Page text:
I am a writer. I do lots of different kinds of writing and I am the beneficiary of a long series of writing teachers, both official and otherwise. But in my ability to create a fictional character I am self-taught through hit and miss and practice. I suspect most of us are this way, that we invent the ability to invent as we go along.
I don’t really know, though, because character-building is not something writers seem to talk about much–not with me, anyway, and not in the books and articles on writing I have read. Maybe it’s time we compare notes?
In all cases, I do something like constructing an outline and then, as the outline grows, it begins to come alive, to take charge of its own development and become someone distinct. From there, I start to feel more like a spectator and less like the director of its growth–the transition is never abrupt or complete, though. It’s less a hand-over and more a collaboration in which the other entity, the character, gradually becomes more dominant.
Sometimes I start from the inside and gradually discover the character by looking out at the world through the character’s eyes. Sophie, from To Give a Rose developed this way, as has Daniel, of The School with No Name. In each case I started writing in the voice of the character with very little preparation or deliberate outlining. I knew nothing other than the situation each was in–an unexpectedly pregnant artist in one case and a newly expelled college student in the other. To write each one I became the character and then simply wrote, the same way I am writing now as myself.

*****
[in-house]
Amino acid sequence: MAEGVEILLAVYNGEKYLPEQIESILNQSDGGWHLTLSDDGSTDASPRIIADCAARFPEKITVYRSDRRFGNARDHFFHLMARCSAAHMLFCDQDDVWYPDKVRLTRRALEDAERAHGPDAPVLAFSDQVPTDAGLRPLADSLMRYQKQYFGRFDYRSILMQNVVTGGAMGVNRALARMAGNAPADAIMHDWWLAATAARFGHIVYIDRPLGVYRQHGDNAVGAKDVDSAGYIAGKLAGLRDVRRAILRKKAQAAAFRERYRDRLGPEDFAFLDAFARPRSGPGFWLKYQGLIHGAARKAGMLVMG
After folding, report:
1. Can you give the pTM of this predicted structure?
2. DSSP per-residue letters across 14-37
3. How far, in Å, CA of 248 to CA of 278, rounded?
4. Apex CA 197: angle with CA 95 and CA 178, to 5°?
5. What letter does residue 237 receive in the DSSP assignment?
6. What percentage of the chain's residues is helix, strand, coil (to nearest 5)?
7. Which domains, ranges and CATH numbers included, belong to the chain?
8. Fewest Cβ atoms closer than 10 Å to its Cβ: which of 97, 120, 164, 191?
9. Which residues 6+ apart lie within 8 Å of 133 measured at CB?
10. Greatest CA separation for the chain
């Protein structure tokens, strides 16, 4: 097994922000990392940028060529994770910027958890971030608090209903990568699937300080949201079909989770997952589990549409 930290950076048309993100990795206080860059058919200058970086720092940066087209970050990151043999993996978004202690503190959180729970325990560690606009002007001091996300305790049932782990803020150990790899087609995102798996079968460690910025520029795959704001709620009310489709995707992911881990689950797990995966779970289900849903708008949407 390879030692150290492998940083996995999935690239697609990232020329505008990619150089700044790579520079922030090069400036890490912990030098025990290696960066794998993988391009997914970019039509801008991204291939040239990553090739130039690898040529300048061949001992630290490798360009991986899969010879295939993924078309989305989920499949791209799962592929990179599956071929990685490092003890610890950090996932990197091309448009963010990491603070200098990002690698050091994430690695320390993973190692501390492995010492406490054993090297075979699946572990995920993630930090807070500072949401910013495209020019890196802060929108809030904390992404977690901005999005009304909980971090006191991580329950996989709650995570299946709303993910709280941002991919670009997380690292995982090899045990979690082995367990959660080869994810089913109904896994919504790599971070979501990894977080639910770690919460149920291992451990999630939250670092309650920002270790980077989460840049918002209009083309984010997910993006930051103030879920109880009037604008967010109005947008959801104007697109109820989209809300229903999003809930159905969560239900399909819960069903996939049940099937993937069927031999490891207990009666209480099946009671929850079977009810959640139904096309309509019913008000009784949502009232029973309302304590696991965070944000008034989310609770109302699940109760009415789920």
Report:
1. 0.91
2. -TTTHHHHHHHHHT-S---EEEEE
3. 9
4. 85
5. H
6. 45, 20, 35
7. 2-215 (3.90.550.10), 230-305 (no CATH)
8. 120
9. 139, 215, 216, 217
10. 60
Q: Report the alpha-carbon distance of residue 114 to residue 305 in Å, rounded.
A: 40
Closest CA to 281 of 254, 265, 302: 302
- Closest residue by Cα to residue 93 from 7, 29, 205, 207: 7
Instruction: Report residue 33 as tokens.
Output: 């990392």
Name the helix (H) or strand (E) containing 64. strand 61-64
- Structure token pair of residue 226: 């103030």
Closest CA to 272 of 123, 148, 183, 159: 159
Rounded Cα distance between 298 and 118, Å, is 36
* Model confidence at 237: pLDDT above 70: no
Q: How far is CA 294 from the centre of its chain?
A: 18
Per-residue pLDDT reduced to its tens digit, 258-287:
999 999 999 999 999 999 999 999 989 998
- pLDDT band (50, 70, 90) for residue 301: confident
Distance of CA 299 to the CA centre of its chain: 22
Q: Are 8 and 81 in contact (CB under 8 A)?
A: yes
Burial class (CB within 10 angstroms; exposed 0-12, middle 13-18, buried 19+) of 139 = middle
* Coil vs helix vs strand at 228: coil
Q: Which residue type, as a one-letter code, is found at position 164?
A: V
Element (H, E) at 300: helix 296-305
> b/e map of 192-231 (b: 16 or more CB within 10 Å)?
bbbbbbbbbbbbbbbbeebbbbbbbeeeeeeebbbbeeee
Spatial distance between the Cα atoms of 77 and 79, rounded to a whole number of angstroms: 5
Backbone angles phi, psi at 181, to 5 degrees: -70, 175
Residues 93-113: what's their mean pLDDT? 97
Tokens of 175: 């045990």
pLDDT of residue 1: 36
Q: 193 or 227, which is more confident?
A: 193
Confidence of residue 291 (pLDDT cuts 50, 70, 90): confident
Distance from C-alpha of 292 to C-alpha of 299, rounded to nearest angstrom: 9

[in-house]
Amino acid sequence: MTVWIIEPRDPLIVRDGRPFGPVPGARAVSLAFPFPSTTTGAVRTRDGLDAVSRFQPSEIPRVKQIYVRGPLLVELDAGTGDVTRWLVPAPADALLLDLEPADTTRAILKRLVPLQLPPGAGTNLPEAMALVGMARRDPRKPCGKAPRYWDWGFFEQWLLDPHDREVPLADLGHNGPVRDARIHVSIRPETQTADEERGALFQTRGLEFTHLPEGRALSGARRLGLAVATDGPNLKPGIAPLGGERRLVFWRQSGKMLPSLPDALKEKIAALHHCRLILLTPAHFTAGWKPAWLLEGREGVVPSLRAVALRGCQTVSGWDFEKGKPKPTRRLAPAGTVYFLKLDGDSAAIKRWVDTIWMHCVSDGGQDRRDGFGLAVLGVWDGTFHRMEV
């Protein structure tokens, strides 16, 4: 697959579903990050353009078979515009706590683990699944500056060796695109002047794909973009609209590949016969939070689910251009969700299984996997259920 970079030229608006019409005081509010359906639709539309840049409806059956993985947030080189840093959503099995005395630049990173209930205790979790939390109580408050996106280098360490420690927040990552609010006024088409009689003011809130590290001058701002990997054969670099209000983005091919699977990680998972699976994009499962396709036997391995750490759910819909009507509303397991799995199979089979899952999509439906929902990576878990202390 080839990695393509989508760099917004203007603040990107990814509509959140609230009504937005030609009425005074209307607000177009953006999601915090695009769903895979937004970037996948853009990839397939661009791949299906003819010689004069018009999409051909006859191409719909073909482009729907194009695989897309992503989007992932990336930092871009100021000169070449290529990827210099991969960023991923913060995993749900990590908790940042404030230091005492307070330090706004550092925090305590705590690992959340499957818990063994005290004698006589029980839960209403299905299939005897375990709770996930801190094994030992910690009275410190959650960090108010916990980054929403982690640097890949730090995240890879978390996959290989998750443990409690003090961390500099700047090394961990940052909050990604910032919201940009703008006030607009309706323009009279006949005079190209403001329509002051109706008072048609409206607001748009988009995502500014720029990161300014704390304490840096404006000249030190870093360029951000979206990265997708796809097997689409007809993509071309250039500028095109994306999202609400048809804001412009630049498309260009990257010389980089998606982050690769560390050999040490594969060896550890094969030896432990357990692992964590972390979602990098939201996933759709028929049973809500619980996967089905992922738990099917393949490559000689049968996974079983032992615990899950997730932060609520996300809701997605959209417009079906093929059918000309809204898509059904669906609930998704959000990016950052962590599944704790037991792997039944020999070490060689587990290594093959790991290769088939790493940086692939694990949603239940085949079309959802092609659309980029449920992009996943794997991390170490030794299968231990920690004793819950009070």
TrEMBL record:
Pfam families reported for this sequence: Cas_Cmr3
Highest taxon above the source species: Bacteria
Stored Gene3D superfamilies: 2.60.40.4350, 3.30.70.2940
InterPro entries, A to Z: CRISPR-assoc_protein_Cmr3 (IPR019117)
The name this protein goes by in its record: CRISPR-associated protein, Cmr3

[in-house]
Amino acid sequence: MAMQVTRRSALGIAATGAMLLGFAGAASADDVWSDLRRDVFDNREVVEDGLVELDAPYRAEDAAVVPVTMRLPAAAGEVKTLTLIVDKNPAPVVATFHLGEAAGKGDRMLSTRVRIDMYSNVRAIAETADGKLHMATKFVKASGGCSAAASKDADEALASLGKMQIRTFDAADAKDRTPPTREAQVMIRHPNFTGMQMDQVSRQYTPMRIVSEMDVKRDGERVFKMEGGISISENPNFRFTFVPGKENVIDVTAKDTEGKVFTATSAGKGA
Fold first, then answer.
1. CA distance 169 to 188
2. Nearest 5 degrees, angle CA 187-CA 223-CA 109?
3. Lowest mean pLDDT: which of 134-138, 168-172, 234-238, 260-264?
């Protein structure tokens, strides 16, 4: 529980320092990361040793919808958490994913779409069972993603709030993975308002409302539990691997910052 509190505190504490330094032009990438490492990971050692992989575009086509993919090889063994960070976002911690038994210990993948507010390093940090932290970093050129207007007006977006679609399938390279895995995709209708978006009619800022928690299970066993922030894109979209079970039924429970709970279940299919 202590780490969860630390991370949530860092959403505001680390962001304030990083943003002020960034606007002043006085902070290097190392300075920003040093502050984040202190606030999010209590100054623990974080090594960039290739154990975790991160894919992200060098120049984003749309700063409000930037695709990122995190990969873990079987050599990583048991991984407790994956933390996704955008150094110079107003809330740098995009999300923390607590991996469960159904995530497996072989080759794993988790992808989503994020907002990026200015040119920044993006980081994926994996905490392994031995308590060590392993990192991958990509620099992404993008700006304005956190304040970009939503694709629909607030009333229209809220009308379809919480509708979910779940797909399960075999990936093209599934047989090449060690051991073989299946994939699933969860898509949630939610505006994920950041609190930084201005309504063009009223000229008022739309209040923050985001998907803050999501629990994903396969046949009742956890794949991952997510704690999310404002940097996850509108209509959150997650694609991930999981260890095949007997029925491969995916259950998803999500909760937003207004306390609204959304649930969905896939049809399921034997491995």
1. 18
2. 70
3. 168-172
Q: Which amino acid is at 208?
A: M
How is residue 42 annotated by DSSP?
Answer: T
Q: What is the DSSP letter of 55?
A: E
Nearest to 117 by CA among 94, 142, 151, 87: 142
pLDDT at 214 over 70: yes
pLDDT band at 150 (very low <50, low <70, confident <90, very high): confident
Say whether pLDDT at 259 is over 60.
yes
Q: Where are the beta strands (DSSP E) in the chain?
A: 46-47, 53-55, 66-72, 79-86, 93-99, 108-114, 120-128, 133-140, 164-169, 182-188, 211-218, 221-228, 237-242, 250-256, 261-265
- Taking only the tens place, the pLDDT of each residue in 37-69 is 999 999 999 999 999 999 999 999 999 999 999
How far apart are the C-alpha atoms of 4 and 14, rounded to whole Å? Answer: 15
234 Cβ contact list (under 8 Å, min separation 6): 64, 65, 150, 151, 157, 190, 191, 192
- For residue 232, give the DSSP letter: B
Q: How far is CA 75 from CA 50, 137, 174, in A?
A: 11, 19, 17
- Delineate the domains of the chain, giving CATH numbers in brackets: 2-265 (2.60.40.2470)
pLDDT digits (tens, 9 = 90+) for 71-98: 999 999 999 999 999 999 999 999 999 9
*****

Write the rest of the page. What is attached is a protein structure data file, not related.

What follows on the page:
In other cases, I start from the outside by imagining an existing character–usually but not always a real person-moving through the scenes. Sometimes I deliberately add alterations, other times I use the image of the model unaltered. Sometimes the initial model is a collage of people, other times I start with just one, but in either case the character is likely to go through a series of successive models, each adding a layer, plus I often develop character aspects by listening to music. The song reminds me of the character and as I listen to the song I become aware of nuances in the character I had not thought of before.
Curiously, even if there was only one model and even if I made no deliberate alteration, the character who develops is seldom recognizable as similar to the model. They develop their own integrity as people, and that is always more important to me than fidelity to the model. Thus, “any similarity to real persons, living or dead” really is coincidental.
Kay, from To Give a Rose developed in this way. He began with a friend of mine who was tall, slender, intelligent, and, in many ways a good friend–as is Kay. But the developing character was also influenced by that of the late David Graybeard, a wild chimpanzee whom I read about in the course of my research. David was kind, considerate, and confident without arrogance. The original human model did not have that confidence, but Kay does. Finally, I encountered an alternative interpretation of chimpanzee social behavior in a book called The Egalitarians, Human and Chimpanzee, by Margaret Power, and I adapted her vision of leadership to Kay.